Anger in Australia as PM defends sexist toys

Toys and ploys: One example of how retailers market their products based on gender.

Tony Abbott has courted controversy by dismissing a campaign against gender-specific toys. ‘Let boys be boys and girls be girls’, he argues. But is the issue more complex than that?

As Christmas draws near, new toys are on many children’s minds. They appear to be on the Australian prime minister’s, too, after he urged campaigners and parents to ‘let boys be boys and girls be girls’ when it comes to choosing gifts this Christmas.

Tony Abbott’s comment was in response to the ‘No Gender December’ campaign that is gaining traction in Australia. Politician Larissa Waters has joined the chorus arguing that ‘no child’s imagination should be limited’. Trucks and trains are not just for boys, she argues, while pink kitchen utensils and Barbies should not be marketed exclusively for girls.

The war on gender-specific toys has gathered momentum in recent years. Campaigners argue that these toys enforce gender stereotypes that segregate boys and girls into rigidly defined roles in later life. This can lead to inequality in the workplace and domestic violence.

They have had some notable successes. Britain’s ‘let toys be toys’ campaign has forced several major retailers to remove ‘girls’ and ‘boys’ signs on toy displays. The issue reached the House of Commons earlier this year, when MP Chi Onwurah called a parliamentary debate, concerned that some toys were resulting in girls shying away from careers perceived to be more masculine, like engineering.

Surprisingly, history shows that it is only in the last couple of decades that the schism between boys' and girls’ toys has become so glaring.

Cunning retailers have cottoned on to the idea that they can boost their profits by marketing with gender in mind, making it difficult for a parent to pass down heavily gendered toys to siblings of a different sex, and forcing them to buy something new.

Yet science could be as much to blame, with a spate of studies showing that monkeys choose their toys based on gender. This suggests girls and boys too are biologically predisposed when it comes to toys.

Wired differently, or warped?

Abbott’s tired slogan is offensive, some argue, and shows just how little the problem of gender inequality is understood. Children are very sensitive to gender stereotypes, and pressuring a child into playing with a particular toy can result in social stigmas and much worse. This is nothing to do with biology; it is society that is limiting children’s attitudes and options.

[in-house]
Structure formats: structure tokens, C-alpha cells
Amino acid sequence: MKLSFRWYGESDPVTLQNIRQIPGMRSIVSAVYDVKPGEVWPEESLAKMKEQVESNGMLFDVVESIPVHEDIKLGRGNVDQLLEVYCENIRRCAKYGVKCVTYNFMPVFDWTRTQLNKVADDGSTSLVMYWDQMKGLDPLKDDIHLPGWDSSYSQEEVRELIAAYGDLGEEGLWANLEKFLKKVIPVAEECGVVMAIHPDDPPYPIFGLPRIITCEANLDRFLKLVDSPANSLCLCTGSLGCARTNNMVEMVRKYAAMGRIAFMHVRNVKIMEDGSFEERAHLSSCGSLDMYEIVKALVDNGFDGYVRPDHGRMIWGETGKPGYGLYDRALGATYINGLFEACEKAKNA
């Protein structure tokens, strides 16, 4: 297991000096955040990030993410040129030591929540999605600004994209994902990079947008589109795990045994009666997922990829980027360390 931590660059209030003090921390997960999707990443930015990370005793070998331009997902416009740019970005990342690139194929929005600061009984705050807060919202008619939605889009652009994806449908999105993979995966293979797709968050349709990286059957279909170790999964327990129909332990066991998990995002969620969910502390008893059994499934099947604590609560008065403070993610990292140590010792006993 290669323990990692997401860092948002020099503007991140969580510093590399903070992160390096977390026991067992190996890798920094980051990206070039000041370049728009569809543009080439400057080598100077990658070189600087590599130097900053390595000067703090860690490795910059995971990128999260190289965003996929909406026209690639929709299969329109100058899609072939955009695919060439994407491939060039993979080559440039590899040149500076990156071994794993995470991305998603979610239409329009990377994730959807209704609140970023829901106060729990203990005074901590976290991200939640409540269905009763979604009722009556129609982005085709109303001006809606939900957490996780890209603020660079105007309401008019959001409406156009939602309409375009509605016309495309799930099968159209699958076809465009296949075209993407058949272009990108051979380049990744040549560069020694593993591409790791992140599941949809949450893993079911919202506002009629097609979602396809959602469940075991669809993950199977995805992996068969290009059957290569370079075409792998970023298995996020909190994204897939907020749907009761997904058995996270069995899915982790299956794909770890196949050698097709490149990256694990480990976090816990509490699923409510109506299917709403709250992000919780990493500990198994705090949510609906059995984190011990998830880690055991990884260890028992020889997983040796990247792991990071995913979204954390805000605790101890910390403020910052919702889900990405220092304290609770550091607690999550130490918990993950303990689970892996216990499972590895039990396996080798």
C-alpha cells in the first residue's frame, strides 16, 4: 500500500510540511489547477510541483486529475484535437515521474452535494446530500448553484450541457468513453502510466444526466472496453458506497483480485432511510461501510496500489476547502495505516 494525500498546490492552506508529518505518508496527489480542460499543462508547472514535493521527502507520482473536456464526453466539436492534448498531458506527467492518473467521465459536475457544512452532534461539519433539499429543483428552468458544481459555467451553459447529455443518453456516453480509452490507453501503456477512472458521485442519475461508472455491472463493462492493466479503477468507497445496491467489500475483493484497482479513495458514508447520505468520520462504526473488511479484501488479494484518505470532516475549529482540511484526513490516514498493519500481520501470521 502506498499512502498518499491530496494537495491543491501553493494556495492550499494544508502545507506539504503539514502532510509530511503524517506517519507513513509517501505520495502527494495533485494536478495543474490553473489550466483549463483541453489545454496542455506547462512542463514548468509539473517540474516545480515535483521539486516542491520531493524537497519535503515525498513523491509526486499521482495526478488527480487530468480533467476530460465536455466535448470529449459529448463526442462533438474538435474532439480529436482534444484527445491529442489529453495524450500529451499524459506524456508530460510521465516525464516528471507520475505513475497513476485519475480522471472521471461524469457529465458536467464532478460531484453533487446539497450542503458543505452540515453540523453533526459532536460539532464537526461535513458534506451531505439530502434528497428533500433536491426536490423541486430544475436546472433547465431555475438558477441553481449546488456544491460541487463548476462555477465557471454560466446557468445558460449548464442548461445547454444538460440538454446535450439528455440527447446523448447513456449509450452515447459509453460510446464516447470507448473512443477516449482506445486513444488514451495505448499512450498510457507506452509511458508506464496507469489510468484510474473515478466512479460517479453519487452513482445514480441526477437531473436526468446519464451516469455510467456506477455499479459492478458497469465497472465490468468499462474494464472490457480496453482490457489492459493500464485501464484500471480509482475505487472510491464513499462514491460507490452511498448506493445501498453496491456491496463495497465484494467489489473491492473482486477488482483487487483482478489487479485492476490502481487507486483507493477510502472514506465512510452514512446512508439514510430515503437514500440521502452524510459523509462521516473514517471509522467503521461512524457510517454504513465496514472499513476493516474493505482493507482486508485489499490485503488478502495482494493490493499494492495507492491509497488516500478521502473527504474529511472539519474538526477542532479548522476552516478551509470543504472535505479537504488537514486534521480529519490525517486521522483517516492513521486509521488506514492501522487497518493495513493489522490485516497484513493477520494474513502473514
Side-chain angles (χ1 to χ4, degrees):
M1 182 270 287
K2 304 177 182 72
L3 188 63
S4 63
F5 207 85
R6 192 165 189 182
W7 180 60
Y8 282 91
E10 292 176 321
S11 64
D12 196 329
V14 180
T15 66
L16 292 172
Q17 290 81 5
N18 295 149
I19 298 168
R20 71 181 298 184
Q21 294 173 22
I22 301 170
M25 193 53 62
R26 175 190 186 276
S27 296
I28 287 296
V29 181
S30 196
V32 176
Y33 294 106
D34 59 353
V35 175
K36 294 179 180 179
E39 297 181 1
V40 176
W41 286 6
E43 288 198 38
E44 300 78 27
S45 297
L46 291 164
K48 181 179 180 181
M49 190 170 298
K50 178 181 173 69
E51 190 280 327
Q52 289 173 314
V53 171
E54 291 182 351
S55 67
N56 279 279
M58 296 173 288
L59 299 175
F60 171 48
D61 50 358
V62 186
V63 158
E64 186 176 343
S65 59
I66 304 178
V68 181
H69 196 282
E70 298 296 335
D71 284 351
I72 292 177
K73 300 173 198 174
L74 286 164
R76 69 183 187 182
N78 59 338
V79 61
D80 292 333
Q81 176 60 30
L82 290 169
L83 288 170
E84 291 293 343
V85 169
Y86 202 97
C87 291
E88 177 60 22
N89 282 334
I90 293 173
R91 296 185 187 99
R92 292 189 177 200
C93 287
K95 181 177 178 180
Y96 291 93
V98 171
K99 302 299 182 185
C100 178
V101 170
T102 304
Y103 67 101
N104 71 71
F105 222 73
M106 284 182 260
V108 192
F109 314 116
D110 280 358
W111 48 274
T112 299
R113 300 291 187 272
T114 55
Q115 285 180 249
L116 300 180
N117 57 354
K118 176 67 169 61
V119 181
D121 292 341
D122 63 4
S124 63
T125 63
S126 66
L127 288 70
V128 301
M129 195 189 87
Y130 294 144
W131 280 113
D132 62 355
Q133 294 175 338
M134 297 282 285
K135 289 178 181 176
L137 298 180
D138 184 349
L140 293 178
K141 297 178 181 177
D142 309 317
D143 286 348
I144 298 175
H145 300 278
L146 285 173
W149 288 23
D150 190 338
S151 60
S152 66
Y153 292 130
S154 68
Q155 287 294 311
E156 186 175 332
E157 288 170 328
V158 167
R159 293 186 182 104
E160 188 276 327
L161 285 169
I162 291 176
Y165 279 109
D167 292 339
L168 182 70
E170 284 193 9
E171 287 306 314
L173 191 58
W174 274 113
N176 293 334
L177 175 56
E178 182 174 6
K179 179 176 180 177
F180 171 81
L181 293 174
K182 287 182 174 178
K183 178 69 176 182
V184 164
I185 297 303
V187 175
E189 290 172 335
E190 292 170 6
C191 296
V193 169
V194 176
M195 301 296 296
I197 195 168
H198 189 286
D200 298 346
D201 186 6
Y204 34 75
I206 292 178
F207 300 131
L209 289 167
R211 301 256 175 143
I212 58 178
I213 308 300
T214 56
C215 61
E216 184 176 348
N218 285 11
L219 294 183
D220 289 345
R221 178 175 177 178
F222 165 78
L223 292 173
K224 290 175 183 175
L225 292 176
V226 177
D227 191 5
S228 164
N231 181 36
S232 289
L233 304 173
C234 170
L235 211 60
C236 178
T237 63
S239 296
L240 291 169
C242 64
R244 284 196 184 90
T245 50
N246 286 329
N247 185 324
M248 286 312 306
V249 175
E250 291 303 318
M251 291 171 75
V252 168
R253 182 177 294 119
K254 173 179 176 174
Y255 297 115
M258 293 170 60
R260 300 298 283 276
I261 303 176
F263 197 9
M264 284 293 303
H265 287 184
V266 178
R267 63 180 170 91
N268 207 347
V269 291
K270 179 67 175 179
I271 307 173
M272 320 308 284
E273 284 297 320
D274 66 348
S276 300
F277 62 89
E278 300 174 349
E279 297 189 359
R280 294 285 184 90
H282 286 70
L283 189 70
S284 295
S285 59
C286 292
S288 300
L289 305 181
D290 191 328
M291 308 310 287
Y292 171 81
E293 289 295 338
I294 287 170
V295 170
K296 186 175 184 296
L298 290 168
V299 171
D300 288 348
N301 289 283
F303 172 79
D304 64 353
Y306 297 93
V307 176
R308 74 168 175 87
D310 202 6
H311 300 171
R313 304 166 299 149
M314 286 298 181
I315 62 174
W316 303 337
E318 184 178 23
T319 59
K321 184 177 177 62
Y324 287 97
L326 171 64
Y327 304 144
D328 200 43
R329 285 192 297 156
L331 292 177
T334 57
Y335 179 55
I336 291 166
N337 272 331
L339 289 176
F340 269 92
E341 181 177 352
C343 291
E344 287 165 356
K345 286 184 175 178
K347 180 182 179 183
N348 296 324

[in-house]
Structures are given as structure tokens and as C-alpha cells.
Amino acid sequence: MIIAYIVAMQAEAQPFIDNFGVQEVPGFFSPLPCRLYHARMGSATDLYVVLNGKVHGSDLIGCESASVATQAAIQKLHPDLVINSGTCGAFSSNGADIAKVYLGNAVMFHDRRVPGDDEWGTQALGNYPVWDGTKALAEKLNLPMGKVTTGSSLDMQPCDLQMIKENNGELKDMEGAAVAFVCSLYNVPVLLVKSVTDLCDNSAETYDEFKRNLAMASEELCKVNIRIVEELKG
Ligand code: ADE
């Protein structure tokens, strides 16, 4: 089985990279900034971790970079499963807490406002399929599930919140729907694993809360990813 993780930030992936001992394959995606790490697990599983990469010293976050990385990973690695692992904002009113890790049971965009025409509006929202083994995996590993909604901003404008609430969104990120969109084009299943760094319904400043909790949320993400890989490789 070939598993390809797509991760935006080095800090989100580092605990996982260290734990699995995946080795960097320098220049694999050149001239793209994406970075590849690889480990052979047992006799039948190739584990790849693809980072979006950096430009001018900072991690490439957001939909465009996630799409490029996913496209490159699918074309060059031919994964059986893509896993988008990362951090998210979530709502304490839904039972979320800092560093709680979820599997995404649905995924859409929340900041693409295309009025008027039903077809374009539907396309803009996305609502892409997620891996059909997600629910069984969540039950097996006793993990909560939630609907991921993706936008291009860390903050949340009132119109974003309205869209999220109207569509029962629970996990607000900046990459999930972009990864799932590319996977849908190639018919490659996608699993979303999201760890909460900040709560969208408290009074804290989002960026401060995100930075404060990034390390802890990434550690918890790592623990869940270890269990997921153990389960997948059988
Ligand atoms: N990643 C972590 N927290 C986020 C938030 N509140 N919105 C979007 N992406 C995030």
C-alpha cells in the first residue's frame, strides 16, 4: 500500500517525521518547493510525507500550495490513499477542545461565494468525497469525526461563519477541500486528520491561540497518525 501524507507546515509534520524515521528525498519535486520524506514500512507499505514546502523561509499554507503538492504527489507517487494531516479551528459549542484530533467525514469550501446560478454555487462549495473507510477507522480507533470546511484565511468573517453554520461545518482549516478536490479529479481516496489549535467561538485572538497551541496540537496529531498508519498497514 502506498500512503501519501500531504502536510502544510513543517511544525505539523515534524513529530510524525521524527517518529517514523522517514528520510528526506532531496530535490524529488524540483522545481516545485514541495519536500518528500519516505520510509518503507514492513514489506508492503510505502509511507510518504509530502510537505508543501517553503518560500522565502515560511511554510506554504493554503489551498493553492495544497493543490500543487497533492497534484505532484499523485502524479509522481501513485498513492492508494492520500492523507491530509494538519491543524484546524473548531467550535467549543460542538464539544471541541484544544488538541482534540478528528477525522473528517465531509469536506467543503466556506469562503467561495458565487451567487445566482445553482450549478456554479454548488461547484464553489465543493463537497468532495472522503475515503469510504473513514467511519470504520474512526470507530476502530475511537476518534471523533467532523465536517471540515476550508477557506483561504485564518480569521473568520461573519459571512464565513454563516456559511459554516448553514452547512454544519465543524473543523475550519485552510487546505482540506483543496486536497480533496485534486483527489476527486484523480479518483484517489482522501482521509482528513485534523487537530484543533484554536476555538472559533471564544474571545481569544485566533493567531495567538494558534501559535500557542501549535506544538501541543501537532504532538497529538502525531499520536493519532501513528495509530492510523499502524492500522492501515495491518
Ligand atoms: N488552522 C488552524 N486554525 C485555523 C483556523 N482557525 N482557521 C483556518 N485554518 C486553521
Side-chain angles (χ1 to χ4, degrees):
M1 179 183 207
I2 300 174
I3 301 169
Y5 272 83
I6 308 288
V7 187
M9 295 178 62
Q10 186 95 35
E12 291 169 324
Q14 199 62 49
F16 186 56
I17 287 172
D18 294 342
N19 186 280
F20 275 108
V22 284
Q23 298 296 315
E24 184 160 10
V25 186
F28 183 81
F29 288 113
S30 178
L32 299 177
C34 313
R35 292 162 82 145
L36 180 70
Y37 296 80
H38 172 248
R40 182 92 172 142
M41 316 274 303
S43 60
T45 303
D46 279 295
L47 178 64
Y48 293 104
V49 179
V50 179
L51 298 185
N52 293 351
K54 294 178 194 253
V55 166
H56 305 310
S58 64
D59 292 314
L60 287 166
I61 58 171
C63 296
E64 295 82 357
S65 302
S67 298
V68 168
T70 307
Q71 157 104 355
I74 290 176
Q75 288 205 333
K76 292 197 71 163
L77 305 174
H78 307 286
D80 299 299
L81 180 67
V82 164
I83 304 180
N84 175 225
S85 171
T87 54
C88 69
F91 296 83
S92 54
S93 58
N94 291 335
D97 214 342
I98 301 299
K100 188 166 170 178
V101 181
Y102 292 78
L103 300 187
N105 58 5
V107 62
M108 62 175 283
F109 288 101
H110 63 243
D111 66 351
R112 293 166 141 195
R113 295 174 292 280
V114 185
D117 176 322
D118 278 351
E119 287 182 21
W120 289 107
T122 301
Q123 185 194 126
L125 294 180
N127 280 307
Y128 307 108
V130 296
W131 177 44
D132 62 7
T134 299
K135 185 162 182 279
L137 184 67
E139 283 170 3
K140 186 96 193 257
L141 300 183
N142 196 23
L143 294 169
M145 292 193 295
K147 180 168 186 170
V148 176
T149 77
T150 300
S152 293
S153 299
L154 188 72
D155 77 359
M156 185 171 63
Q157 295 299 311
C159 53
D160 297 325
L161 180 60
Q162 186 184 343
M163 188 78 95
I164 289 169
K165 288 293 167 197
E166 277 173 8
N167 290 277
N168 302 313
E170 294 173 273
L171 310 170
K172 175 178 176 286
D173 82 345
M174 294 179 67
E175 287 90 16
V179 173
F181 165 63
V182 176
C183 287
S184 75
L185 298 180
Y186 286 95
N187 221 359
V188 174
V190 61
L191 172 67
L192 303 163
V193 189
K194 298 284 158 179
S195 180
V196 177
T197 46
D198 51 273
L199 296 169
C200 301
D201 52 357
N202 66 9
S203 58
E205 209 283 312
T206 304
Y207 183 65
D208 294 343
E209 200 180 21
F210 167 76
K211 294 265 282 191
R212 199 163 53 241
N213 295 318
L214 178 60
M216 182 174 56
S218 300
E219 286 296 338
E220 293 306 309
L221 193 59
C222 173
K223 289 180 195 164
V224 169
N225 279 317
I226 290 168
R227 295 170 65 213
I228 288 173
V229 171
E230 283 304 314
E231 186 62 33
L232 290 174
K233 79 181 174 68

This is being blown out of all proportion, others respond. It's ludicrous to say that hosting a doll’s tea party will doom a girl to a life of domestic drudgery, and it’s deeply misguided to suggest that playing with Barbies can lead to something as heinous as domestic violence. Toys are just a small piece of the cultural context; there are far more insidious forces at work that determine inequality.

You Decide

  1. Do the toys we play with as children affect us as adults?
  2. Do comments like Abbott’s suggest gender inequality is getting worse?

Activities

  1. In groups, come up with a concept for a toy that appeals equally to both genders.
  2. Choose an example of gender inequality and write a speech that explains why it is a problem and what should be done to address it.

Some People Say...

“You cannot make women and men equal; this is against nature.’Turkish President Recep Tayyip Erdoğan”

What do you think?

Q & A

Aren’t I a bit too old for toys?
We tend to think of toys as innocent, fun objects that have little bearing on the adults we become. But different toys provide children with certain skill sets that can influence our interests and attitudes. Playing with toys is also only the first stage in exploring and building our character and our identity. All sorts of things in later life, like advertising and popular culture, can also affect how men and women relate to each other.
So if I played with dolls as a child, is my life over?
Not at all. Playing with dolls fosters social and caring skills, but there’s nothing to suggest you won’t be good at lots of other things too. It’s more important to be aware of how marketing, advertising and popular culture try to influence us based on our sex.

Word Watch

Tony Abbott
Tony Abbott’s conservative Liberal-National coalition came to office in 2013. Abbott has reversed the Labor Party’s carbon emissions tax, curbed foreign aid spending and reduced assistance for asylum seekers.
Australia
A survey of 1,000 girls and women aged between 14 and 25 by children’s rights organisation Plan International Australia this year found that fewer than 1% wanted a job in politics and almost half said sexist attitudes were increasing.
Larissa Waters
Waters, Lead Spokesperson for the Queensland Greens, has faced criticism from Australia’s right-wing press, including the accusation of trying to ‘ruin Christmas’.
History
The first half of the 20th century was when rules emerged about which colours belong to girls and boys. Blue was often chosen for girls because it is associated with the Virgin Mary, and blue-eyed girls were often given gifts in blue. It was not uncommon for brown-eyed boys to be given pink gifts.
Studies
In the original experiment, male monkeys played with toys like trucks twice as long as they played with toys perceived to be more feminine, like dolls.

Subjects

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